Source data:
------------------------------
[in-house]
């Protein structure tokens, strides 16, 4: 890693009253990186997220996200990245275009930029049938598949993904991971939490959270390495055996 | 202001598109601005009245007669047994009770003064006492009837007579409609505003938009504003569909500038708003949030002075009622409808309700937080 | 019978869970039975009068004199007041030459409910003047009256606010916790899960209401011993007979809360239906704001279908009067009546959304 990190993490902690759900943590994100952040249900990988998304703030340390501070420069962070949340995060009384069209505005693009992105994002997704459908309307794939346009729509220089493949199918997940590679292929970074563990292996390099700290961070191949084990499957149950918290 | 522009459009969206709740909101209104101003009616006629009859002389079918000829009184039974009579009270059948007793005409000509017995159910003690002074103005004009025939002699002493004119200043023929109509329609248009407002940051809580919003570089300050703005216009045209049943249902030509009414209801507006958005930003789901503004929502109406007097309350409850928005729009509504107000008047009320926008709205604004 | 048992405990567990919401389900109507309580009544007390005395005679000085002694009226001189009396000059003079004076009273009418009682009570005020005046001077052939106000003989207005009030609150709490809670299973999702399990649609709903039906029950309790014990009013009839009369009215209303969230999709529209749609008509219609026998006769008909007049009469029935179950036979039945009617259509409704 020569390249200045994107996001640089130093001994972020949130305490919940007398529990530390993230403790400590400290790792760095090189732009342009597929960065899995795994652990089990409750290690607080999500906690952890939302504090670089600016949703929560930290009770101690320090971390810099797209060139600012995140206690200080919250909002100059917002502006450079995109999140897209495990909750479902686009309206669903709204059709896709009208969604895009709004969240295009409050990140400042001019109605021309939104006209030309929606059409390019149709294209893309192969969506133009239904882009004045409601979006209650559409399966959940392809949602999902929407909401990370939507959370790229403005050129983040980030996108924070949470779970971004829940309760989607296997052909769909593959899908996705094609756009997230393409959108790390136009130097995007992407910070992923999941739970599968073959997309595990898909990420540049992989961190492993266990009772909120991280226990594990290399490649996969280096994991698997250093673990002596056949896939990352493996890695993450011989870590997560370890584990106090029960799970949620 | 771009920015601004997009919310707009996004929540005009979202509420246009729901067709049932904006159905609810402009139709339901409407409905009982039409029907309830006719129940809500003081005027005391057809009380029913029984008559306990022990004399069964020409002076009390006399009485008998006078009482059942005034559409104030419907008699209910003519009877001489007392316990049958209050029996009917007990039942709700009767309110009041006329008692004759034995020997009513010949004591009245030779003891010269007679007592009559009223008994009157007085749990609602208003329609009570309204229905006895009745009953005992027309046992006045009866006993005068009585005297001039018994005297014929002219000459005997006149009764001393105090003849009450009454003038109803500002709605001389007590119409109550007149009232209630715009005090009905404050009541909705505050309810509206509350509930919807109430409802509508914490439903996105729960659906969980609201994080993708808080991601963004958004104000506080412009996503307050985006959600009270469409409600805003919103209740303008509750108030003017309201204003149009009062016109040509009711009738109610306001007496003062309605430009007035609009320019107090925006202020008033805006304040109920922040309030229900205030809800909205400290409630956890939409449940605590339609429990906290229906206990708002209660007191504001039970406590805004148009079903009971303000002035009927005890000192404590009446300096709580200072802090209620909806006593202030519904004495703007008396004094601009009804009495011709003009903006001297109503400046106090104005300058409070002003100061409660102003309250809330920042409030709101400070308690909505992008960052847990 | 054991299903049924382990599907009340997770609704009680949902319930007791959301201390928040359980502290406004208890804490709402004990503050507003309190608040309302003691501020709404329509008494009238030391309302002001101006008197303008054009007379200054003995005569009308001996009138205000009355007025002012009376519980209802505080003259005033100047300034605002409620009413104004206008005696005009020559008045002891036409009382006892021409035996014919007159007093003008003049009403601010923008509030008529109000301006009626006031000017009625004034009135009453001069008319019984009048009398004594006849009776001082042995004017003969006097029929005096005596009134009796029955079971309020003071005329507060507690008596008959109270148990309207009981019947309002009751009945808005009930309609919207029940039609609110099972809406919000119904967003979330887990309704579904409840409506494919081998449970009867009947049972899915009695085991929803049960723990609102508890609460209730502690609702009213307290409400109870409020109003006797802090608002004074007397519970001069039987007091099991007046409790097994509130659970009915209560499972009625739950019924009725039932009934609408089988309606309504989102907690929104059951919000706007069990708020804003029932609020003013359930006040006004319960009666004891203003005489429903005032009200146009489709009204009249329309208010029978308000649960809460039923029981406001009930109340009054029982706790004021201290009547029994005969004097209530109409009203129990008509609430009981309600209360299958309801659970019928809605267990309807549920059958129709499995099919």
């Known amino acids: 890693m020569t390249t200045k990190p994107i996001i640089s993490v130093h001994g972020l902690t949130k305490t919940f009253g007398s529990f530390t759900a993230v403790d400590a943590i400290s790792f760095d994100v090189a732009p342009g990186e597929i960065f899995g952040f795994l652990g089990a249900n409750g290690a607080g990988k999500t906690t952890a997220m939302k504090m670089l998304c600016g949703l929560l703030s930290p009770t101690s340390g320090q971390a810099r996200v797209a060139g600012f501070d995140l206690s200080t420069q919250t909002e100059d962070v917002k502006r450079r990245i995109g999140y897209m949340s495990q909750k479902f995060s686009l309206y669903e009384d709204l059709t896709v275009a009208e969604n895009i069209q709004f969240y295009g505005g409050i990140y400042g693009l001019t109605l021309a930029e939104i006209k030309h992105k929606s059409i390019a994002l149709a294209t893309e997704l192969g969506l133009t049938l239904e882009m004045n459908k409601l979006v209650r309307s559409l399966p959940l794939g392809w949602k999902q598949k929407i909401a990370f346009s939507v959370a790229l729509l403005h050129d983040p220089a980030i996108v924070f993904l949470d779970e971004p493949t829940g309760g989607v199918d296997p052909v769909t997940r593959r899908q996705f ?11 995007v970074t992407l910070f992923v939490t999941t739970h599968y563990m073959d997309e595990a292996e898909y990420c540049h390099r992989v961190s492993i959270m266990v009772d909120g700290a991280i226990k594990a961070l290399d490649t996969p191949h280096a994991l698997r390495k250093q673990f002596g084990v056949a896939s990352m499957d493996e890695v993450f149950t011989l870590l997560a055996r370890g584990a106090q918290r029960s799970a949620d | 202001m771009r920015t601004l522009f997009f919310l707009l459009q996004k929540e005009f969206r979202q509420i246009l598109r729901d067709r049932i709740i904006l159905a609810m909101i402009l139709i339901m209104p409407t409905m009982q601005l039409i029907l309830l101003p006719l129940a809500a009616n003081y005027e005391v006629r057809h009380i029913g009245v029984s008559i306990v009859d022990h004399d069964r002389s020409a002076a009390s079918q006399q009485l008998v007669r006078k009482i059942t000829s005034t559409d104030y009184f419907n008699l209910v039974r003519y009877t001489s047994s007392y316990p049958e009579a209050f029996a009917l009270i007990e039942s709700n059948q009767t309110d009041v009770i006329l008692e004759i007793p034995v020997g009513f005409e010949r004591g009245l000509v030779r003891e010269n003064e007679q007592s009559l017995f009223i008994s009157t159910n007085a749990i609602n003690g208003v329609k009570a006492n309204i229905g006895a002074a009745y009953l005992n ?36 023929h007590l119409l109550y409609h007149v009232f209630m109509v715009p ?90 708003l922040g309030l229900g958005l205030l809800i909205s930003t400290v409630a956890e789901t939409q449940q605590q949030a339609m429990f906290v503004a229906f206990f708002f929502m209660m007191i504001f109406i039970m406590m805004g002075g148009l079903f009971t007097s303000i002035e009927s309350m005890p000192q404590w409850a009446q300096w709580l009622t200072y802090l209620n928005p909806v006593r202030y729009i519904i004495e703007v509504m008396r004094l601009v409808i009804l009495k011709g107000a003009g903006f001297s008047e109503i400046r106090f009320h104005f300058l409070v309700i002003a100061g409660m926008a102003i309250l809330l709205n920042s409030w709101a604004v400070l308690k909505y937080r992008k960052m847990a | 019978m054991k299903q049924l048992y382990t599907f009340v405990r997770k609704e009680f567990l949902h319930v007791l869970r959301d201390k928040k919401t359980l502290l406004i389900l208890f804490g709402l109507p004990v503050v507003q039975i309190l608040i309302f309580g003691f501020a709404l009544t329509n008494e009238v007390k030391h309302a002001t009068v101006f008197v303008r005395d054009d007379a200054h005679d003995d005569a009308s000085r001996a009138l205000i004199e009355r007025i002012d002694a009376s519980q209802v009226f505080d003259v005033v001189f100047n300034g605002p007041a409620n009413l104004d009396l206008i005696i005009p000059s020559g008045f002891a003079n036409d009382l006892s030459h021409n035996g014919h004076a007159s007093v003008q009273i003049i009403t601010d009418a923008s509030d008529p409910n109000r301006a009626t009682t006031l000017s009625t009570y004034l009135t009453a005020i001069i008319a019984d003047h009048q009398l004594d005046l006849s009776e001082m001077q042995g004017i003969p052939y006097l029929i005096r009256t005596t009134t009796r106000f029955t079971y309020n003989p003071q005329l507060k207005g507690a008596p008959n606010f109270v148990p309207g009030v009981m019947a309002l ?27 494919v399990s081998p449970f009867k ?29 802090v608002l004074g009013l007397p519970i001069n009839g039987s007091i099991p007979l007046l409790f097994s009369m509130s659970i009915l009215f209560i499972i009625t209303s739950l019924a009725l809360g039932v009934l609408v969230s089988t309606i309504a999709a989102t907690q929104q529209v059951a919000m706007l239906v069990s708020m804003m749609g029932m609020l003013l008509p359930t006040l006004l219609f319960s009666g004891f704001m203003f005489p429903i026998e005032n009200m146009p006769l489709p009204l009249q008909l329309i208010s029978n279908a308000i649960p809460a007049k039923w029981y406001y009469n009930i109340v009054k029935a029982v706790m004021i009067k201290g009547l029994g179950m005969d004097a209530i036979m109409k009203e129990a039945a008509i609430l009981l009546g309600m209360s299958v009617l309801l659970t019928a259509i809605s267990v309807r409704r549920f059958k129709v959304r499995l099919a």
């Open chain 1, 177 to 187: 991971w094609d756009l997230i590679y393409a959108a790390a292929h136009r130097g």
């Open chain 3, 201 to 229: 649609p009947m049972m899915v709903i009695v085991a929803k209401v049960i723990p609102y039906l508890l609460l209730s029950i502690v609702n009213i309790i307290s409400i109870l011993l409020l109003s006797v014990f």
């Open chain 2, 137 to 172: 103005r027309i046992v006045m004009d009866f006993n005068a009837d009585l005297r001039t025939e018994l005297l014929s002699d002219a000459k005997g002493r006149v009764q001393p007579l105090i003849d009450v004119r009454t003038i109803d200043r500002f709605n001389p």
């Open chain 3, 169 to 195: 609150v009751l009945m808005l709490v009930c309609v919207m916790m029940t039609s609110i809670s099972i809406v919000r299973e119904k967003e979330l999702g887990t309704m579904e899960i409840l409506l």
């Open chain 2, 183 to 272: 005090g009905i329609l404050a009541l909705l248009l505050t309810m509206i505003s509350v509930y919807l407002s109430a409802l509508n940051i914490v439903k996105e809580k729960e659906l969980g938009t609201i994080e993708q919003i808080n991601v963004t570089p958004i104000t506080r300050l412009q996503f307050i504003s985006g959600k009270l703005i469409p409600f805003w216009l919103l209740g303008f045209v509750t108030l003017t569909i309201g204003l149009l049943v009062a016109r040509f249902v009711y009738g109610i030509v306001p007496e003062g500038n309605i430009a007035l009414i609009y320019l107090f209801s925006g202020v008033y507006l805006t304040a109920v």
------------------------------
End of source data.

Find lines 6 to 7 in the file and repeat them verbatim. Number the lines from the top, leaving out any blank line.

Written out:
């Open chain 2, 137 to 172: 103005r027309i046992v006045m004009d009866f006993n005068a009837d009585l005297r001039t025939e018994l005297l014929s002699d002219a000459k005997g002493r006149v009764q001393p007579l105090i003849d009450v004119r009454t003038i109803d200043r500002f709605n001389p």
């Open chain 3, 169 to 195: 609150v009751l009945m808005l709490v009930c309609v919207m916790m029940t039609s609110i809670s099972i809406v919000r299973e119904k967003e979330l999702g887990t309704m579904e899960i409840l409506l």